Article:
Our researchers

Chris Hollis (University of Nottingham), Paul Stallard (Bath University), Charlotte Hall (University of Nottingham), Mathijs Lucassen (City, University of London), Sally Merry (University of Auckland), Karolina Stasiak (University of Auckland), Chris Greenhalgh (University of Nottingham), Camilla Babbage (University of Nottingham), Kareem Khan (University of Nottingham), Adam Parker (University of Nottingham), Kirsty Sprange (University of Nottingham), Chris Tench (University of Nottingham), Holly Griffiths, Lily Roberts (University of Nottingham)

SPARX is a game that was developed by researchers in New Zealand to support young people with depression. In the game you are an avatar who must navigate through levels in a fantasy world where you learn different ways to manage your mood. There are seven levels in total, and in each level, you have different tasks to complete. These tasks are based on cognitive behavioural therapy, an intervention recommended for people with depression. SPARX has been shown to have positive results in supporting young people with depressive symptoms in New Zealand and other areas of the world. We now want to see whether SPARX may be helpful for young people in the UK.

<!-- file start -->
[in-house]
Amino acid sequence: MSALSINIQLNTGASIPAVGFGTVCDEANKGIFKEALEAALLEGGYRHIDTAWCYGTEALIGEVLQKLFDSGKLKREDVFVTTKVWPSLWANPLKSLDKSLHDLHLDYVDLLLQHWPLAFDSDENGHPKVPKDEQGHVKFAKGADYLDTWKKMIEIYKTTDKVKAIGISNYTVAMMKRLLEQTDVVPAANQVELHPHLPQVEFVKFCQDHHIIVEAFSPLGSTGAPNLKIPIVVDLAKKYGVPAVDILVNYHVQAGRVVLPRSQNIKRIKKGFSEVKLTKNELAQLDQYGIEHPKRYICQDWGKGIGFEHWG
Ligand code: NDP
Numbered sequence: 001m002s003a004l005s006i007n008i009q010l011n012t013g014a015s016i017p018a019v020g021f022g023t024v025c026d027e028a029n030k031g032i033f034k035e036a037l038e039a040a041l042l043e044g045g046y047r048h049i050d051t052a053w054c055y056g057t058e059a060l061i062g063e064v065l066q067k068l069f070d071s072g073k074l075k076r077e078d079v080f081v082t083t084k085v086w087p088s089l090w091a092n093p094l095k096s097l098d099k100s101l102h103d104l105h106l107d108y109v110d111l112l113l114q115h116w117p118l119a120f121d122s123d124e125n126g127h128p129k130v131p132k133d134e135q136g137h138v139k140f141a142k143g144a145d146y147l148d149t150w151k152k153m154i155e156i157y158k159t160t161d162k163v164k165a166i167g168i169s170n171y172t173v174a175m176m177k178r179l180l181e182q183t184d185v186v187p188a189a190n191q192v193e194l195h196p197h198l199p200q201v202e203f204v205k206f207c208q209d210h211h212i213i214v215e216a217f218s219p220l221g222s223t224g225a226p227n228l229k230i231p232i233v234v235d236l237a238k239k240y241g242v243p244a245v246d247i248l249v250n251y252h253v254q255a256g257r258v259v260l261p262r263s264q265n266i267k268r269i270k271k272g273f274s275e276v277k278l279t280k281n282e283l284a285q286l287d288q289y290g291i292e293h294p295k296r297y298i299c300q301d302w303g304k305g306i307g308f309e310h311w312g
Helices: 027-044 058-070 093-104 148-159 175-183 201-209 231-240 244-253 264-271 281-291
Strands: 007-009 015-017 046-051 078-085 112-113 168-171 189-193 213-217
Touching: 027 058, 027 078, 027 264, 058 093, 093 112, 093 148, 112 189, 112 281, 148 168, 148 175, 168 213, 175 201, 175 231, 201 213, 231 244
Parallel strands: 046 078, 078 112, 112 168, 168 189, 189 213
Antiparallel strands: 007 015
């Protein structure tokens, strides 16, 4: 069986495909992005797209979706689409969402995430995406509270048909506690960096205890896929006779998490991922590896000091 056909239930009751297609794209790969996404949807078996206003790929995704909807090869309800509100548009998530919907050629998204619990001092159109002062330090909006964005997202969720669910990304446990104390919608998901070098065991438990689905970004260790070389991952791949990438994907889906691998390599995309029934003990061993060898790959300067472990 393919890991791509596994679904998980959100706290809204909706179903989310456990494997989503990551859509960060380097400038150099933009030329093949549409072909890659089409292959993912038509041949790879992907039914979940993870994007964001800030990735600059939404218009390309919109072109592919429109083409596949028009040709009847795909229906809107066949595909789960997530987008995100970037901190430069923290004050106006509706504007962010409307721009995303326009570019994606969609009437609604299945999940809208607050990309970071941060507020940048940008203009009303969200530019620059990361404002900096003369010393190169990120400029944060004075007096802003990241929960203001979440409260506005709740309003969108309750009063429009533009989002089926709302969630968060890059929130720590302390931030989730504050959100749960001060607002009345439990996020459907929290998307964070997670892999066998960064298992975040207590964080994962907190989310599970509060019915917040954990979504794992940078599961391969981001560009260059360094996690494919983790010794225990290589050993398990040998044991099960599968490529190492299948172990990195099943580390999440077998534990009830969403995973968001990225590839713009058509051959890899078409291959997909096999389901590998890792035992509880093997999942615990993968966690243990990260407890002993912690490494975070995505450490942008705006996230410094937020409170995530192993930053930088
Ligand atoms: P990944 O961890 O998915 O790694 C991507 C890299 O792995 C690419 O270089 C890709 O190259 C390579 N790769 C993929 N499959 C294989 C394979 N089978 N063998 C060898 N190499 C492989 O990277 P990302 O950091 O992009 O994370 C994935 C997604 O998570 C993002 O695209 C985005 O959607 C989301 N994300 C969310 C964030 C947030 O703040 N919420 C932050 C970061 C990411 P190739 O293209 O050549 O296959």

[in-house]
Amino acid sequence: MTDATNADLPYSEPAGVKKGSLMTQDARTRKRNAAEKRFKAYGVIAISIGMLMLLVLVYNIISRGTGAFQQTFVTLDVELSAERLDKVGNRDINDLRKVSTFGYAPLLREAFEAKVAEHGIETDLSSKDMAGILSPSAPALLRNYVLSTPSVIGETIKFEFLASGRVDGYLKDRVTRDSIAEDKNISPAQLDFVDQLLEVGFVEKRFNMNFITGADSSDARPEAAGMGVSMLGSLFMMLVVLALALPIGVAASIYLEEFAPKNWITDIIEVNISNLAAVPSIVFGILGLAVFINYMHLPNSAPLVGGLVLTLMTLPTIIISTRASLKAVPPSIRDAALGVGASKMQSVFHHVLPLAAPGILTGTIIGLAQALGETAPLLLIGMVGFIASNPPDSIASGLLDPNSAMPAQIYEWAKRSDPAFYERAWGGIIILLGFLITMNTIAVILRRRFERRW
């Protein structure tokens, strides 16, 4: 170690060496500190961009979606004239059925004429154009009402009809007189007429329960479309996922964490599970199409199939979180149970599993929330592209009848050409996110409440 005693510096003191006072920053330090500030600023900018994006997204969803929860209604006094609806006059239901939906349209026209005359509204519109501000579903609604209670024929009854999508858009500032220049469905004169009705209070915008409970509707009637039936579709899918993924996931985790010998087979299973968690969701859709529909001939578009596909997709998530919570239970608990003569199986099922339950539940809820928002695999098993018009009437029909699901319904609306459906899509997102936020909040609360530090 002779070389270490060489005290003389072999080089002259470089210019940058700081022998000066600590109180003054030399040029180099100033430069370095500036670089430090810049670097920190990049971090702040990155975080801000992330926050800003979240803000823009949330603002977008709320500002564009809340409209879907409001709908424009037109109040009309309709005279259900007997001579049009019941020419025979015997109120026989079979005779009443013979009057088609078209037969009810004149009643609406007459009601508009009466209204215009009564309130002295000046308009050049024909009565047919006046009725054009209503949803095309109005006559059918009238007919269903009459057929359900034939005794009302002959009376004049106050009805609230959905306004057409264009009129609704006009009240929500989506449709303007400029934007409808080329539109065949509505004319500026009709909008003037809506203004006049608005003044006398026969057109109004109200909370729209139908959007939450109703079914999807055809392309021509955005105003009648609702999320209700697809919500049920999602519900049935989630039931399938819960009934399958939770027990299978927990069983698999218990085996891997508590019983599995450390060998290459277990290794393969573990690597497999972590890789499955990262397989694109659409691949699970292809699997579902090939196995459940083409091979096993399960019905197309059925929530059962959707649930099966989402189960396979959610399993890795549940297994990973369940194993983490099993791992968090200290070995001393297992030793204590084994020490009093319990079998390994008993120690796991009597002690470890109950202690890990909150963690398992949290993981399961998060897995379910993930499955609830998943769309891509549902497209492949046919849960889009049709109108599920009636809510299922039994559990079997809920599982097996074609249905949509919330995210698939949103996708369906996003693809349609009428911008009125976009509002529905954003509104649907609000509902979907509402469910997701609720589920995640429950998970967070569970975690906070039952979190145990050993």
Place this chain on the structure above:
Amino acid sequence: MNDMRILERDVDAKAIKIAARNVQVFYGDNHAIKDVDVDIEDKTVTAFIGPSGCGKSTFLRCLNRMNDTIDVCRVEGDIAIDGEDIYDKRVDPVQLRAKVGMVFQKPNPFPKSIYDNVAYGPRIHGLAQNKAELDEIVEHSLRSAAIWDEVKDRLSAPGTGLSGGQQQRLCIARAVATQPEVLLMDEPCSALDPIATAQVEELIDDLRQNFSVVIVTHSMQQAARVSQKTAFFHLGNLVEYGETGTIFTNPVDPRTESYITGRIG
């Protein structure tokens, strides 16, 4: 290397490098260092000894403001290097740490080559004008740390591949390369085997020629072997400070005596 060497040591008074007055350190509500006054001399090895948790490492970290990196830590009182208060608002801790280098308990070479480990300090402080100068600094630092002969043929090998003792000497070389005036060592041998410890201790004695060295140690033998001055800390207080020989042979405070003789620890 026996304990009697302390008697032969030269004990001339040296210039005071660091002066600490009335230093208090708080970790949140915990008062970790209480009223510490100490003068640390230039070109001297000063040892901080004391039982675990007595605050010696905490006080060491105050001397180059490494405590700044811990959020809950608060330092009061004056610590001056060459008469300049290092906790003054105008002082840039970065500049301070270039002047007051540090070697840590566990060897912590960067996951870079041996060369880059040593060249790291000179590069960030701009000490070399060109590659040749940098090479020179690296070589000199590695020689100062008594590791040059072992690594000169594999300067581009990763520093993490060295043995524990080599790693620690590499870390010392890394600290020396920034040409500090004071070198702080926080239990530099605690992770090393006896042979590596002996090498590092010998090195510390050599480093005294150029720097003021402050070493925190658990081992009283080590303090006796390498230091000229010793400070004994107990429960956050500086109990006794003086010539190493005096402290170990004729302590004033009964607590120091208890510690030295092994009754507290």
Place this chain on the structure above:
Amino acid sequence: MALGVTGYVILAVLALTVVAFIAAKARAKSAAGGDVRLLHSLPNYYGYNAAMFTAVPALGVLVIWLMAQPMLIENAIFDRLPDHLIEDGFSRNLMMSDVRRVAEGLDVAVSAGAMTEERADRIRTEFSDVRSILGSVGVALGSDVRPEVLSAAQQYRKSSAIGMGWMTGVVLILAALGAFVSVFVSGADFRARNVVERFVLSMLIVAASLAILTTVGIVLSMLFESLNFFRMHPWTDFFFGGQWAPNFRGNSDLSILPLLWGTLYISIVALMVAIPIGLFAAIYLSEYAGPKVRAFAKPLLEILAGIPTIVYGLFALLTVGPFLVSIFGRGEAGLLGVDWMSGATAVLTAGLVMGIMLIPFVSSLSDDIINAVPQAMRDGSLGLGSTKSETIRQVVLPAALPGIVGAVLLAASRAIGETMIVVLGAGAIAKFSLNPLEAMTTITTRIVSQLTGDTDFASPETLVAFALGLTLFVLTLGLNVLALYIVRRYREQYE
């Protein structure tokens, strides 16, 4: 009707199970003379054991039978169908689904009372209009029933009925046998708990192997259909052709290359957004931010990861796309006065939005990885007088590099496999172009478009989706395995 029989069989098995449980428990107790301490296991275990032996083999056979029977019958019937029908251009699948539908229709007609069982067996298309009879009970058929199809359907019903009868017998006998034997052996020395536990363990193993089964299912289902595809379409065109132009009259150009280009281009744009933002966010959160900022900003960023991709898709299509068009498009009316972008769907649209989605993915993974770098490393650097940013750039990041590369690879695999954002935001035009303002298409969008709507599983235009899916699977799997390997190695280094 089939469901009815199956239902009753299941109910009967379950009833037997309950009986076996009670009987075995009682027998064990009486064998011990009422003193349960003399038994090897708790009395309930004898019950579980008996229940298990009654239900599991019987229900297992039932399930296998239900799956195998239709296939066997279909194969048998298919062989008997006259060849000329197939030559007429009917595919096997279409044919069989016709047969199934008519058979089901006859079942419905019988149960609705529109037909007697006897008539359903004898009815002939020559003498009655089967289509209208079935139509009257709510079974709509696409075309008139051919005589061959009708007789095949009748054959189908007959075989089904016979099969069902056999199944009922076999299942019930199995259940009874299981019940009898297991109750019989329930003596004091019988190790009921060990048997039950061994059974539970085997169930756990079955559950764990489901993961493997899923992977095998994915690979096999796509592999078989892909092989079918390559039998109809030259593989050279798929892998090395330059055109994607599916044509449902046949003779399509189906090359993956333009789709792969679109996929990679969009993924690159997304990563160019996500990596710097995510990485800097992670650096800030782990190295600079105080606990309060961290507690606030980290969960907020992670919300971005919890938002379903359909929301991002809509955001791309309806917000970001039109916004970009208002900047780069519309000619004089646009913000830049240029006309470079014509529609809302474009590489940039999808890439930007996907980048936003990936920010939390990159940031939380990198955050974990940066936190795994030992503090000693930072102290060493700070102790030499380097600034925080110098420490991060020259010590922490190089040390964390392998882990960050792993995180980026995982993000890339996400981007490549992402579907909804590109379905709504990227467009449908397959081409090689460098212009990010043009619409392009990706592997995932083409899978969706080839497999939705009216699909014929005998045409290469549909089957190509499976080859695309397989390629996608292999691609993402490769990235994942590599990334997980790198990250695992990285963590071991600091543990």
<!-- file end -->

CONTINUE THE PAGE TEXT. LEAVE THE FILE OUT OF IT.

We also want to know what can be done to make SPARX more engaging and attractive to young people. For those who complete SPARX, we want to explore if additional human support means young people find SPARX more engaging. This means we need to first conduct a small-scale study to test these things in order to help us plan a larger study in the future.

Throughout this process we will be recording what works or doesn’t work, so we can apply this to a bigger trial in the future.

Young people’s thoughts on participating in the SPARX trial:

[Taking part in the study]

“I'd say give it a try... If you don't like it, then you don't like it, but if it does help you, then it does help you. Because I think it's a good concept… appealing to people with like stuff to do with mental health, I think that's a pretty good idea.”

Young Person

Parent’s thoughts on participating in the SPARX trial:

[Would you recommend other parents of children with depression to take part?]

“I think we're lucky to have had the chance for him to do it. And yeah, I hope you do roll it out because it will be a good tool for lots of people to be able to have… As well as it being a way that more kids might want to engage with, it is also just really hard to get face to face. You know, the waiting lists are really, really long... so any anything that can be rolled out to help because there's so many kids struggling with this stuff, it's great. So yeah, definitely.”

Parent 1

“Definitely to give it a go, I just think well, you know you've got nothing to lose really, have you?”

Parent 2

“Definitely, yeah. Because it's a game. So if especially if there's a child that likes tech and likes games, it's ideal, isn't it?”

Parent 3

Project partners

University of Bath
University of Auckland
University of Nottingham
The Open University